SAN FRANCISCO—As the Boston Celtics search for answers in an effort to stop Stephen Curry in these National Basketball Association (NBA) Finals, they know even their best defense won’t always be good enough.
“Steph Curry is pretty good, if you guys haven’t noticed. He can shoot the ball unbelievably,” Boston guard Jaylen Brown said Sunday. “Even watching it, playing against it and even in the finals, I feel like he’s taking it up a notch a little bit. He had a hell of a performance in Game 4, and we have to respond to that.”
Whether the Celtics can do a better job containing the two-time MVP will be a major key as the best-of-seven series resumes at Chase Center on Monday night with the teams tied 2-2.
Coach Ime Udoka is calling for the Celtics to mix things up and be more physical on the heels of Curry’s 43-point masterpiece in the Warriors’ 107-97 victory Friday in Boston.
Udoka will allow his guards some leeway in deciding exactly where to begin pressuring Golden State’s superstar—often starting well beyond the three-point arc with the big men staying at the ready to assist.
Curry went 14 for 26 with seven 3-pointers and also grabbed 10 rebounds. Once he finds a rhythm, he can hit from anywhere, even with a defender’s hand in his face. But Udoka realizes how the career 3-point leader can quickly become just as dangerous a playmaker, too.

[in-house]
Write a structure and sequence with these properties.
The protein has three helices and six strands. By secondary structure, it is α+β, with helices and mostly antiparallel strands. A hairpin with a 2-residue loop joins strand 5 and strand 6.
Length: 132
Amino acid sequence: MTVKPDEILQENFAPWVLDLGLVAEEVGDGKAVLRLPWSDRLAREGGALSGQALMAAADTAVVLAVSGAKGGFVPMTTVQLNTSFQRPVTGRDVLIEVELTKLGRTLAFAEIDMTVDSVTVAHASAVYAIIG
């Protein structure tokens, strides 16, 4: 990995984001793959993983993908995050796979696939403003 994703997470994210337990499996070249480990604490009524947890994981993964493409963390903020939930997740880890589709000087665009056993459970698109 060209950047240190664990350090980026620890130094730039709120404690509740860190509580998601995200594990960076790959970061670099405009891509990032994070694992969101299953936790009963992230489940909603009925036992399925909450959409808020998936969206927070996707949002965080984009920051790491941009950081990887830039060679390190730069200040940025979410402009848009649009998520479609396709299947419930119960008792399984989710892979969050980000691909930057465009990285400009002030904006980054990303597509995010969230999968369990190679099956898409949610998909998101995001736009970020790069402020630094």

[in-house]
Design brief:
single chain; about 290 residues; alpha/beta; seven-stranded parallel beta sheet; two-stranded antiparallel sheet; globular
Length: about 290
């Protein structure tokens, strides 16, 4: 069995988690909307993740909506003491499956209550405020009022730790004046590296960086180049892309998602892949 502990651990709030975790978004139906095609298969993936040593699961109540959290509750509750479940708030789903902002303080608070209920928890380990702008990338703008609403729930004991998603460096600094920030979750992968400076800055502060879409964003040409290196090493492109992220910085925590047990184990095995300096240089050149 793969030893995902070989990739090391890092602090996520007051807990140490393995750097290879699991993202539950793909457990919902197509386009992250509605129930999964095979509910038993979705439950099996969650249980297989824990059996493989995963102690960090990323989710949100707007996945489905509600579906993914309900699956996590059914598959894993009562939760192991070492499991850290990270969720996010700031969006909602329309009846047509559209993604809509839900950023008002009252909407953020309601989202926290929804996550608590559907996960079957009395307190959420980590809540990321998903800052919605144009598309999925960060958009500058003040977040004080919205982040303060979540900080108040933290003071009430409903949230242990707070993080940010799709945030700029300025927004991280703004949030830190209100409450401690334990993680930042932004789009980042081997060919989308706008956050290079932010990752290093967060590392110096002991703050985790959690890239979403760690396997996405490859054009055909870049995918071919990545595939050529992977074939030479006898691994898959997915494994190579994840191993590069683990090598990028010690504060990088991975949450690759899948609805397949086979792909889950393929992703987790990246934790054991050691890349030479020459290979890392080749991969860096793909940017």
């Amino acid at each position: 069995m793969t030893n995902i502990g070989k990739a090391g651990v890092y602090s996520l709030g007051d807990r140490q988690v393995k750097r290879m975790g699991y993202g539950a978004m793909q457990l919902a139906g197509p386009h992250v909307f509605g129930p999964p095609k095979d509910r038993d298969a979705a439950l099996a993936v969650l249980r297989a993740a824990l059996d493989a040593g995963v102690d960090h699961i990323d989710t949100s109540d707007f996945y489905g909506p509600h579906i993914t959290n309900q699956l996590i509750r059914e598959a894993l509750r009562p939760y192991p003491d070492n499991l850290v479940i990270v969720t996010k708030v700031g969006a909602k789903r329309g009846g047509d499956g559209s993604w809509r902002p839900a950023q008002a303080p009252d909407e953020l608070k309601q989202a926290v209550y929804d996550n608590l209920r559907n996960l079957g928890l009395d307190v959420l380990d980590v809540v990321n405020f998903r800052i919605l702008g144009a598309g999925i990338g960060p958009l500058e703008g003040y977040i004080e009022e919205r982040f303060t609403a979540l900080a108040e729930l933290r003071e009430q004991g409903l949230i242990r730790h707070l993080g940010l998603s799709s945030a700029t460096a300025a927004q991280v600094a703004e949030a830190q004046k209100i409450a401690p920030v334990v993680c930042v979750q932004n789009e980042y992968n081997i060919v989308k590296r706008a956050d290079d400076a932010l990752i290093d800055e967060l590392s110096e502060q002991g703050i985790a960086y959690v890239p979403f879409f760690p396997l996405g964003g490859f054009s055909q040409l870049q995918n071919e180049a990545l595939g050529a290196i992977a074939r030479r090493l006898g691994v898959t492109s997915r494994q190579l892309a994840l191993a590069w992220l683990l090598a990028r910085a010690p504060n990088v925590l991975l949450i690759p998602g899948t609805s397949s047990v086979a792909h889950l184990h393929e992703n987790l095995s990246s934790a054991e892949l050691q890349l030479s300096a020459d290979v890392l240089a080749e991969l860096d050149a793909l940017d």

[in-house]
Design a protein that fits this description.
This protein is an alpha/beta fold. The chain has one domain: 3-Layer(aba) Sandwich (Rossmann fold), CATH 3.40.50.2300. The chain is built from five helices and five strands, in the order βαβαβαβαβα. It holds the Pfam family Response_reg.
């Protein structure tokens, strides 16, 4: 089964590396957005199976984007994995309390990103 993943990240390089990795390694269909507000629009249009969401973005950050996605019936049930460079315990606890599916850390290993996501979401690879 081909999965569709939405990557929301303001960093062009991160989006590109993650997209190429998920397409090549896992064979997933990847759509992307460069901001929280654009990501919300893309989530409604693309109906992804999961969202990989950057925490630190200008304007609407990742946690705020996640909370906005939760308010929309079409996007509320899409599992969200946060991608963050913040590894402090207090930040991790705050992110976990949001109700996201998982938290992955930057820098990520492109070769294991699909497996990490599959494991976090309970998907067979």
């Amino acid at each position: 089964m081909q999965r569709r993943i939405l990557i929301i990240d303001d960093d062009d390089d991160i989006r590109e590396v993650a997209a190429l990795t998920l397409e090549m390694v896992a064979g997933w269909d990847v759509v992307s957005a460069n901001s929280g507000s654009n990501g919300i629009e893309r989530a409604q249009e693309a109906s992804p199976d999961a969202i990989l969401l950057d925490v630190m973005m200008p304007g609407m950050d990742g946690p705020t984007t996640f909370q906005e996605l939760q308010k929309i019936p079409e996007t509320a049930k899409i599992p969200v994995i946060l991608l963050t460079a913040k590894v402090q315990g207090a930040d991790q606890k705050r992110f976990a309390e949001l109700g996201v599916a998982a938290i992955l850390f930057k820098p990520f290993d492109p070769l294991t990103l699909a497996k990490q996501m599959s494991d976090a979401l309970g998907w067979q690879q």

“Obviously, the range extends the floor some. Some of the shots that he’s hitting are only shots that he can hit and have been highly contested,” Udoka said. “He’s hit a few of those.”
The 34-year-old Curry recorded the second-best scoring performance of his career on the finals stage—second only to the 47 points he put up in Game 3 of 2019 against eventual champion Toronto—and joined Michael Jordan and LeBron James as the only players age 34 or older with at least 40 points in a finals game.
So, was watching the film session from Friday’s game almost as fun for Curry as what he did during it?
“Whether you play well individually or not, you always know what happens at the end. It’s like watching the end of a movie. It’s always nice to know that the movie turns out great at the end,” he said.
“But I think it’s more so just the balance of watching what worked and trying to understand those patterns so that you can repeat that for the next game. Maybe anticipate some adjustments that might happen. Try to slow it down and try to be one step ahead of that. In the meantime, also watching a lot of different reactions in the crowd and on the bench and stuff like that, too. That’s always some good entertainment.”
KLAY THOMPSON posted on social media he jumped in the bay Saturday for an open-water swim.
He wrote: “The ocean heals the mind, body & soul.”
Curry’s Splash Brother scored 18 points on 7-for-17 shooting in Game 4. Thompson’s 35.8 percent shooting is the lowest for any NBA Finals he has played, and he is making just 34.2 percent from deep—down from 58.5 percent on 3s in the 2019 finals.
Monday will mark the three-year anniversary of when he got injured in those finals, during the Warriors’ decisive Game 6 loss to Toronto that clinched the Raptors’ first title at Oracle Arena. Thompson tore the ACL in his left knee that required surgery and began a more than 2 1/2-year absence. During that stretch he also tore his right Achilles tendon and needed that repaired.
WHEN told he is 3-0 in his purple game sneakers, Stephen Curry could only laugh and hope he hadn’t now been jinxed.
And, no, he wasn’t keeping track of that obscure stat.
“I did not even know that, so I appreciate you,” Curry said. “I don’t know if that messes with the juju on there if I’m aware of the record now. I’ve got a lot of different colors, so we’ll see. We’ll see what happens. Got me thinking now, too.” AP
Image credits: AP